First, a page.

Copenhagen Kastrup Airport
- CAPA Analysis
- Schedule Analysis
- Cargo Analysis
- Route Maps
- Airport Charges
- Fast Fact Report
- IATA Code
- ICAO Code
- Domestic | International
- Other airports serving Copenhagen
- Roskilde Airport
- 3300m x 45m
3600m x 45m
3070m x 45m
- Airlines currently operating to this airport with scheduled services
- Adria Airways
China Cargo Airlines
CSA Czech Airlines
Danish Air Transport
KLM Royal Dutch Airlines
LOT Polish Airlines
Norwegian Air Shuttle
Pakistan International Airlines
Royal Air Maroc
- Airlines currently operating to this airport via codeshare
- Air China
Air Europa Lineas Aereas
All Nippon Airways
China Eastern Airlines
China Southern Airlines
Delta Air Lines
Rossiya - Russian Airlines
South African Airways
Copenhagen Kastrup Airport is the main international gateway to Copenhagen and the Oresund region in Denmark and is operated by Copenhagen Airports A/S. Hosting domestic, regional and international passenger and cargo services for over 30 airlines, Copenhagen Kastrup is the major hub for airlines including Scandinavian Airline System (SAS), Transavia, Cimber Sterling and Norwegian Air Shuttle.
Location of Copenhagen Kastrup Airport, Denmark
Copenhagen Airports share price
Ground Handlers and Cargo Handlers servicing Copenhagen Kastrup Airport
Fuel & Oil Suppliers servicing Copenhagen Kastrup Airport
1,252 total articles
Norwegian to deploy 787 leased from LOT on Fort Lauderdale and New York JFK services from Copenhagen
51 total articles
SAS yield decline outweighs cost cuts to give wider losses in 2Q. Market share versus profitability?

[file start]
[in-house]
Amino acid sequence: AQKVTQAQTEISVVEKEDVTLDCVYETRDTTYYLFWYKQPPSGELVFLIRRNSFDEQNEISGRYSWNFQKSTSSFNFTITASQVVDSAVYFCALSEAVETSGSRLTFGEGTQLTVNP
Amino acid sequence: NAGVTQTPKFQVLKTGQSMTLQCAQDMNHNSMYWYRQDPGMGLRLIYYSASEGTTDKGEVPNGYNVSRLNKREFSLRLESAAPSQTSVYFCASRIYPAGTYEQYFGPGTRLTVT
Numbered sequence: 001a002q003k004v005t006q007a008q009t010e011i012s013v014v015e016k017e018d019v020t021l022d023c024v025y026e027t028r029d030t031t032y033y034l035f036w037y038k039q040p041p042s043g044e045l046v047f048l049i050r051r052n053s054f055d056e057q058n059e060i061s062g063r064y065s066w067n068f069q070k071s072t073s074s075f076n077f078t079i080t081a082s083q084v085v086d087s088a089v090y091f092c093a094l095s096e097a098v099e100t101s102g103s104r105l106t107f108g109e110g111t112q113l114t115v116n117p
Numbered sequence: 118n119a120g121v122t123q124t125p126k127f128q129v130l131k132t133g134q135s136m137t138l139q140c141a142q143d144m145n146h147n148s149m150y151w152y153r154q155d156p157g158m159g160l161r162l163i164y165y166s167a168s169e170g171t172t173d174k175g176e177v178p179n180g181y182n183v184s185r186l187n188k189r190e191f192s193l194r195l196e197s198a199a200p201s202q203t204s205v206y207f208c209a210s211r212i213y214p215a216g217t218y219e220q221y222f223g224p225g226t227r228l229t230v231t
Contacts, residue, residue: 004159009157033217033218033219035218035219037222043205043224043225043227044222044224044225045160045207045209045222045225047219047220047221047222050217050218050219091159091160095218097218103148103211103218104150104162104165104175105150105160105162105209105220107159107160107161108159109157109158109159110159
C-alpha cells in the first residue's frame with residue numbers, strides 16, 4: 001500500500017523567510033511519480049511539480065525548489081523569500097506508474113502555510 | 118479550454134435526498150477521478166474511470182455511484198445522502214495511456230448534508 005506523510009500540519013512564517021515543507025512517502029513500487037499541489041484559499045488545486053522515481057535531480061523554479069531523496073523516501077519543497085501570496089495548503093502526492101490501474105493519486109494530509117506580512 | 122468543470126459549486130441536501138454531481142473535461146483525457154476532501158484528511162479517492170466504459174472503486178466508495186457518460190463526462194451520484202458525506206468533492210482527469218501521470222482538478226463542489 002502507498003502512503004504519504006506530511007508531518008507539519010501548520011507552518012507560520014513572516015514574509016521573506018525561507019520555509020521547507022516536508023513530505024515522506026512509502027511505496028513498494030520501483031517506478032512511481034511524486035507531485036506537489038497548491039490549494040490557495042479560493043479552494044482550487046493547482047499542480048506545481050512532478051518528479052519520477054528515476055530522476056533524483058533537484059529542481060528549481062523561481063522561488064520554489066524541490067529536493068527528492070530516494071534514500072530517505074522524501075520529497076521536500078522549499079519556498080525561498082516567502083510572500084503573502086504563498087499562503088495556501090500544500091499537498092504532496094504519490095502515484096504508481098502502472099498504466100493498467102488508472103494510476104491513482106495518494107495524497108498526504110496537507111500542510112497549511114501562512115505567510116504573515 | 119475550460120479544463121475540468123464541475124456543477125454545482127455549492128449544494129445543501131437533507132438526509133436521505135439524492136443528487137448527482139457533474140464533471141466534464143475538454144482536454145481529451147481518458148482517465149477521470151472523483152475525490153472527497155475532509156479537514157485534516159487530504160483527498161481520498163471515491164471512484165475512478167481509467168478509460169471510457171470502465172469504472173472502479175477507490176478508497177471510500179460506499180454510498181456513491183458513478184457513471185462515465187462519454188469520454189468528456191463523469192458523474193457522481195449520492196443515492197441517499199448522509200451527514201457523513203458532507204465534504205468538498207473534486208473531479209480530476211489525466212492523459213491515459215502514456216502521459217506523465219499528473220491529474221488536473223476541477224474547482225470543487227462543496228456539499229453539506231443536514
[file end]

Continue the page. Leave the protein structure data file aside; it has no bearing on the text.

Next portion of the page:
SAS posted another pre-tax loss in 2QFY2014 after a weak 1Q result. For 1HFY2014, its pre-tax loss before non-recurring items was more than three times that of the same period a year earlier. It continued to make good progress with its 4XNG cost reduction programme, achieved further load factor gains and improvements in labour productivity and aircraft utilisation. However, the positive effect of these factors was wiped out by plummeting yields, attributed by SAS to overcapacity in Scandinavian markets.
In response to the weakening revenue and profitability environment, SAS has announced a new cost savings target and is taking action to "win the battle for Scandinavia's frequent travellers" through improvements to its product offering. Its recent re-capitalisation gives it more time to attempt to build a sustainably profitable business, or at least one that may become part of the next phase of European consolidation (whenever that might be).
LCCs are a thorn in the eye of all established network carriers, and the environment is no different in Scandinavia where SAS Group’s historic market share has been slowly crumbling off to the benefit predominantly of Norwegian Air Shuttle, which relentlessly has built a closely-knit network from bases in Norway, Sweden and Denmark. As a national airline partially owned by the governments of Sweden, Denmark and Norway (with a 21.4%, 14.3% and 14.3% shareholding respectively), SAS for too long has been a bystander, hoping that its ownership structure and lobbying would be sufficient to fence off the expansion of Norwegian and other budget airlines.
Now SAS is trying to fight back and it wants to win over the independent leisure travelers who flock to the no-frills operators. As part of its new strategic platform 4Excellence, which was outlined by the company’s new president and CEO Rickard Gustafson in Sep-2011, the airline is expanding its offerings to strengthen its market share within the leisure travel segment.